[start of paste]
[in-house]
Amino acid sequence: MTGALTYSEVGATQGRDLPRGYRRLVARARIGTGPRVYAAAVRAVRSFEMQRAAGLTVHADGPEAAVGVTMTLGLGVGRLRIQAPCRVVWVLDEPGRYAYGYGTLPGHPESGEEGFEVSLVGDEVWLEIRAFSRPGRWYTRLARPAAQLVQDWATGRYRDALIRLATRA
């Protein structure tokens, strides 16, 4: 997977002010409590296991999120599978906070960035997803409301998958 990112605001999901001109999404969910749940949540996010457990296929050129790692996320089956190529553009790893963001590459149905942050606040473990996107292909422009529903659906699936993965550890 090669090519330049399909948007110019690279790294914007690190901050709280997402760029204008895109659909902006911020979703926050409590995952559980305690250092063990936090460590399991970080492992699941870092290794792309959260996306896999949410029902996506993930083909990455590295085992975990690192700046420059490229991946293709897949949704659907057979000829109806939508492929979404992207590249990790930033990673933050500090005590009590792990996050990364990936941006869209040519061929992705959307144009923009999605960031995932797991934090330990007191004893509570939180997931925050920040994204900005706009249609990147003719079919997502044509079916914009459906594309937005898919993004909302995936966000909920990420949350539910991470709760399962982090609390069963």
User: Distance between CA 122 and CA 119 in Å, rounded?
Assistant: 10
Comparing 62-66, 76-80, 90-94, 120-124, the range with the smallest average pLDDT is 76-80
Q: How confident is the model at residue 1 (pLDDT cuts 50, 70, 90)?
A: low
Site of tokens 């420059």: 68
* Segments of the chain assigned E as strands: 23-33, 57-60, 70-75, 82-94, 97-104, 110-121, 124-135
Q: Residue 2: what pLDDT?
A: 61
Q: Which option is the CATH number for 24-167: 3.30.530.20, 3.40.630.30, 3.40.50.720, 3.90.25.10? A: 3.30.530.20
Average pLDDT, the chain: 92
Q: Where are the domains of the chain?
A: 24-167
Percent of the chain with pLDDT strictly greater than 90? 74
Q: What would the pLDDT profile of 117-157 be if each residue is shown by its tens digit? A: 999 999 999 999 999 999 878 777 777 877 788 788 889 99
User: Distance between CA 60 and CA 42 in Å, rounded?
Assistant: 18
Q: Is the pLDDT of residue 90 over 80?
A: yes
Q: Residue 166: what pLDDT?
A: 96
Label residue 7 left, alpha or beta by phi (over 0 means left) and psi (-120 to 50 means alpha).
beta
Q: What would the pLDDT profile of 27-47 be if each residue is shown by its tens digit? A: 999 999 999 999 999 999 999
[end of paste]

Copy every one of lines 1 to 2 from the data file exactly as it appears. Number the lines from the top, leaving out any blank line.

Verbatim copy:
[in-house]
Amino acid sequence: MTGALTYSEVGATQGRDLPRGYRRLVARARIGTGPRVYAAAVRAVRSFEMQRAAGLTVHADGPEAAVGVTMTLGLGVGRLRIQAPCRVVWVLDEPGRYAYGYGTLPGHPESGEEGFEVSLVGDEVWLEIRAFSRPGRWYTRLARPAAQLVQDWATGRYRDALIRLATRA